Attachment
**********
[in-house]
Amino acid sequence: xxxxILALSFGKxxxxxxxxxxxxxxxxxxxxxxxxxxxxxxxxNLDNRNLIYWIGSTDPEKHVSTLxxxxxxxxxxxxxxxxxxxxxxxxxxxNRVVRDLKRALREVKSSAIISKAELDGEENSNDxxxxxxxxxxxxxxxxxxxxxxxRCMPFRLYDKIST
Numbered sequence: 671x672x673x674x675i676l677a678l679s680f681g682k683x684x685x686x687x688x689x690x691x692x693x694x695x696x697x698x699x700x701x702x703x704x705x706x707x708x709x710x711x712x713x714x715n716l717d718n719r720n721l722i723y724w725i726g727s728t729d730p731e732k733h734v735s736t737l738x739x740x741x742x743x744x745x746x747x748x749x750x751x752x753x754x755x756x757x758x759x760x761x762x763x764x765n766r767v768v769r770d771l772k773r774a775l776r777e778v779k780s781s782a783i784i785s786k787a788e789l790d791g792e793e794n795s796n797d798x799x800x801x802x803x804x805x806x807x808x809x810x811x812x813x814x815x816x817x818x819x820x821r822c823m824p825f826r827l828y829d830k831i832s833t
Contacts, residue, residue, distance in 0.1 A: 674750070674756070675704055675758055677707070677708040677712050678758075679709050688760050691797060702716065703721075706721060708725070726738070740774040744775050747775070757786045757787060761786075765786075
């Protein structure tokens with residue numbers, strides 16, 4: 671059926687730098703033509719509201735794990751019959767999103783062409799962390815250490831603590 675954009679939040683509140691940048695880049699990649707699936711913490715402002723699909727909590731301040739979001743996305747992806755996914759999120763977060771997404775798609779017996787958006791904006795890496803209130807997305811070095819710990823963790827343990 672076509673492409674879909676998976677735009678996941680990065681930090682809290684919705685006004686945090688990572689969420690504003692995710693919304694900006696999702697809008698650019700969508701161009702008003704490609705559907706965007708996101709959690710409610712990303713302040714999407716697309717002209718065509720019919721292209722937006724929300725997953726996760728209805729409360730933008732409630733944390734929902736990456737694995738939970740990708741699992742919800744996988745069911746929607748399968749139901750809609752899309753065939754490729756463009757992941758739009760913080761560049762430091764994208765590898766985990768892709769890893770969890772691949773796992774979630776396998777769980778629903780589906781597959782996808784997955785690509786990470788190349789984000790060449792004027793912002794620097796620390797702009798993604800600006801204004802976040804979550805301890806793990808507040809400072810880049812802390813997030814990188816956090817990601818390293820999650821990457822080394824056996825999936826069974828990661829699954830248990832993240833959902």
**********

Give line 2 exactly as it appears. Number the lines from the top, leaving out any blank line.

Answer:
Amino acid sequence: xxxxILALSFGKxxxxxxxxxxxxxxxxxxxxxxxxxxxxxxxxNLDNRNLIYWIGSTDPEKHVSTLxxxxxxxxxxxxxxxxxxxxxxxxxxxNRVVRDLKRALREVKSSAIISKAELDGEENSNDxxxxxxxxxxxxxxxxxxxxxxxRCMPFRLYDKIST